This book offers a socio-historical analysis of migration and the possibilities of regional integration in Southern Africa. It examines both the historical roots of and contemporary challenges regarding the social, economic, and geo-political causes of migration and its consequences (i.e. xenophobia) to illustrate how ‘diaspora’ migrations have shaped a sense of identity, citizenry, and belonging in the region.
By discussing immigration policies and processes and highlighting how the struggle for belonging is mediated by new pressures concerning economic security, social inequality, and globalist challenges, the book develops policy responses to the challenge of social and economic exclusion, as well as xenophobic violence, in Southern Africa.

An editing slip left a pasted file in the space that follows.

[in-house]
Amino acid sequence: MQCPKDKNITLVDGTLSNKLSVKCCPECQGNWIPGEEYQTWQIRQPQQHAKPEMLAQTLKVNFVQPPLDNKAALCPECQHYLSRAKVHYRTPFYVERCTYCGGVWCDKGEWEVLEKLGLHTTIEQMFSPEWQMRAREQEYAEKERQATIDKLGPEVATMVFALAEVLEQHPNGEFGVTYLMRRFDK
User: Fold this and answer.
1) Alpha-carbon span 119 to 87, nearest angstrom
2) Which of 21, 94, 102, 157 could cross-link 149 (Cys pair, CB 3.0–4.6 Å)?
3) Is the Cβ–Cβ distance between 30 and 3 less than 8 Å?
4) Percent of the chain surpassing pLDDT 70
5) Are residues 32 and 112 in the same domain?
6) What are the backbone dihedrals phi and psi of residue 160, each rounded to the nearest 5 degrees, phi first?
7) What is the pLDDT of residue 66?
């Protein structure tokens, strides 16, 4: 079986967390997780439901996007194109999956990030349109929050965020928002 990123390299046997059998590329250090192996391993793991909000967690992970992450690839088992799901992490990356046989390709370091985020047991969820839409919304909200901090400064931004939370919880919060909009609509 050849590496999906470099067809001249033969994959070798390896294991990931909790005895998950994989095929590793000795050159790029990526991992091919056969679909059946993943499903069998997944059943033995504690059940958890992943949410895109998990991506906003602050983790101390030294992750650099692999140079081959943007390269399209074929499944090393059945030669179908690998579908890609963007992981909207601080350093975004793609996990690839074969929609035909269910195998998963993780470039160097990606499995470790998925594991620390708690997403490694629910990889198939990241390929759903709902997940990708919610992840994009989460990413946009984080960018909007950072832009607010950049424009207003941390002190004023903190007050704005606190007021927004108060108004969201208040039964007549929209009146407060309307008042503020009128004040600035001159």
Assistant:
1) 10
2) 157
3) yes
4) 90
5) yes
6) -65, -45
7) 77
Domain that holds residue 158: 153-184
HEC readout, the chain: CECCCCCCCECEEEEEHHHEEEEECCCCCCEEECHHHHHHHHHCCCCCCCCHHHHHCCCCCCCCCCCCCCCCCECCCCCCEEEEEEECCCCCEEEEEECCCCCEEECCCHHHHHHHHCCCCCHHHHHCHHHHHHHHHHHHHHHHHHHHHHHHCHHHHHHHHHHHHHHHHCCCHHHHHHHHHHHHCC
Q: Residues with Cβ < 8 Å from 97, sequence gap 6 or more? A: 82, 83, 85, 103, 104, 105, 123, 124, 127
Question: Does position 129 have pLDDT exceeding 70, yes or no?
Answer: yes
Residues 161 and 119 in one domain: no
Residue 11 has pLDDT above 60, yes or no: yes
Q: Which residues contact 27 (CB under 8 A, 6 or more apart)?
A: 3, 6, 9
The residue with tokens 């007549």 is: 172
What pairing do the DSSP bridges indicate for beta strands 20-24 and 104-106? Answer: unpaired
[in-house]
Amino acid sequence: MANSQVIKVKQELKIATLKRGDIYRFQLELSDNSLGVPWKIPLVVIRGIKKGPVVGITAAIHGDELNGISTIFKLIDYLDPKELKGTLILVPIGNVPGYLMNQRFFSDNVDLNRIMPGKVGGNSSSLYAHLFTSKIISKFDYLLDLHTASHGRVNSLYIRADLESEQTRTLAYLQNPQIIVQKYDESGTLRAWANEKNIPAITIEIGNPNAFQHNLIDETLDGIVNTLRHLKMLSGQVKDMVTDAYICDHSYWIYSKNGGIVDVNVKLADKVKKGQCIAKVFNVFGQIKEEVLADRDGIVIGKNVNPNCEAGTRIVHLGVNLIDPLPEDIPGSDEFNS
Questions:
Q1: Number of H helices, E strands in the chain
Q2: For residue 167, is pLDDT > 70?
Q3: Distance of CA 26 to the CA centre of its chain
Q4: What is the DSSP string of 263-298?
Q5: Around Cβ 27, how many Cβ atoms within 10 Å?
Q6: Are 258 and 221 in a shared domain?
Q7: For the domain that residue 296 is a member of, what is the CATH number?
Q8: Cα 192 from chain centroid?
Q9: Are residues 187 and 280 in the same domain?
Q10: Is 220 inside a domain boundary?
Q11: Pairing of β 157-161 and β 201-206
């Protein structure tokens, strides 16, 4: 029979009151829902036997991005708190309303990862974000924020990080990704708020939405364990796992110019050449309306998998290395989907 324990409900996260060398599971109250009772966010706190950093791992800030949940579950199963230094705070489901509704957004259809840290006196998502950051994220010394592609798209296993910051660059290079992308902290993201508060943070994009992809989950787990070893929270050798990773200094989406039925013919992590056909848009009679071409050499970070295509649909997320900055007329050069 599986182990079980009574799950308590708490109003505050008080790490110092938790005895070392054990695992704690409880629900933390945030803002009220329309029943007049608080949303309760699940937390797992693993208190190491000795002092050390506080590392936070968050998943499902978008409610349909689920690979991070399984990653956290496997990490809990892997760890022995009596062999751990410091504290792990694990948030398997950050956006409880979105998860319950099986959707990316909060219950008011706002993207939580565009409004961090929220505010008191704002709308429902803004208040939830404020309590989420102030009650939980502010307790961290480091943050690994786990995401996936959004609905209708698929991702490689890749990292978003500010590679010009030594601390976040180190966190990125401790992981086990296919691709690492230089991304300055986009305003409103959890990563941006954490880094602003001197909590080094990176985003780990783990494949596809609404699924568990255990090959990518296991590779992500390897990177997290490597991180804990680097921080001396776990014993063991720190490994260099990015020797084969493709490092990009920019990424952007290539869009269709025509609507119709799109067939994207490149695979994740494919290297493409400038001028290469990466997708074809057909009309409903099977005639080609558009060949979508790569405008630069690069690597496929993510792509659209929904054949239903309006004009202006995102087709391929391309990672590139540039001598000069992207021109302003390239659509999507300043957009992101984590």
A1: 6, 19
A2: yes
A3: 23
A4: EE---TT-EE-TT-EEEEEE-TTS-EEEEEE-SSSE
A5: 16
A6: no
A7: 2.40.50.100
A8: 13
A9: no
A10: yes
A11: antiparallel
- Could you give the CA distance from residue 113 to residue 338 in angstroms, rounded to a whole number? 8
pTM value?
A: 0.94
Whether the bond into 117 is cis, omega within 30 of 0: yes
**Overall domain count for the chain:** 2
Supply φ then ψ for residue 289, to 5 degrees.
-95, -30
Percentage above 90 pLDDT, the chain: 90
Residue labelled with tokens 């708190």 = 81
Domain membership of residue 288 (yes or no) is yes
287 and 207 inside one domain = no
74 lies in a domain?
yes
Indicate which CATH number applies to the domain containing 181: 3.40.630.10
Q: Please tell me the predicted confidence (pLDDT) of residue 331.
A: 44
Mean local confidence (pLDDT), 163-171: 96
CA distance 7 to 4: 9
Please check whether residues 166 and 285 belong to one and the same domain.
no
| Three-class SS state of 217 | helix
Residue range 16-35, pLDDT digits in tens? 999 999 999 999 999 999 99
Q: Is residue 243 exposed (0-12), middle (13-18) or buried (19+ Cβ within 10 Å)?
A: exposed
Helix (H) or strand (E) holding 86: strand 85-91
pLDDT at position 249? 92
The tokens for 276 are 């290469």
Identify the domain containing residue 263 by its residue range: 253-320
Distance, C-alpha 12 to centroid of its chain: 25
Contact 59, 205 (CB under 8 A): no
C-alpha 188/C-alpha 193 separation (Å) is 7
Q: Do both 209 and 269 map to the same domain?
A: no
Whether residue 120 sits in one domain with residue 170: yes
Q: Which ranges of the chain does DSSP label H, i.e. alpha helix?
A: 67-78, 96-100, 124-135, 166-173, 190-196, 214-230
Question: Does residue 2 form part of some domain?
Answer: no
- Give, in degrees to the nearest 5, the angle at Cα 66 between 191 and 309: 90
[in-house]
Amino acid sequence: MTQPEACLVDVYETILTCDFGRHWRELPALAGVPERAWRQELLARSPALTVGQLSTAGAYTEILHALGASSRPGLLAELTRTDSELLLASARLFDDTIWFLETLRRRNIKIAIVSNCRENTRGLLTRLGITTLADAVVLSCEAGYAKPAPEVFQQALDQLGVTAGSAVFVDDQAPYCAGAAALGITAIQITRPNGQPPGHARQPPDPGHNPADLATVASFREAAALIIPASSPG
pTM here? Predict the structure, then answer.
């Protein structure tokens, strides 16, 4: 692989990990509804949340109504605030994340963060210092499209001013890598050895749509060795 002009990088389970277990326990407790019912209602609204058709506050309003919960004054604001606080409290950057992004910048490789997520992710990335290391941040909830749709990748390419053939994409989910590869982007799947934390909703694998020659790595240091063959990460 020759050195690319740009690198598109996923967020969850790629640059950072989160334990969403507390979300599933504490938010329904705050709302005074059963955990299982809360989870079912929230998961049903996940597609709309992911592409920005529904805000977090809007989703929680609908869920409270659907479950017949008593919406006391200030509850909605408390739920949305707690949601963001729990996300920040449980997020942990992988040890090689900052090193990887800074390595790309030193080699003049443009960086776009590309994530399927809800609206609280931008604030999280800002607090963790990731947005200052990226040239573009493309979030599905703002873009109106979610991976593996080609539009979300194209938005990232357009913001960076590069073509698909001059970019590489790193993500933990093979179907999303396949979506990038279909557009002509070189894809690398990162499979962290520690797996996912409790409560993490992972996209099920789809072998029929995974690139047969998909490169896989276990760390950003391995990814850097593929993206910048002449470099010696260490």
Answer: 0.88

This timely and highly informative book will appeal to all scholars, activists, and policy-makers looking to revisit migration policies and realign them with current globalization and regional integration trends.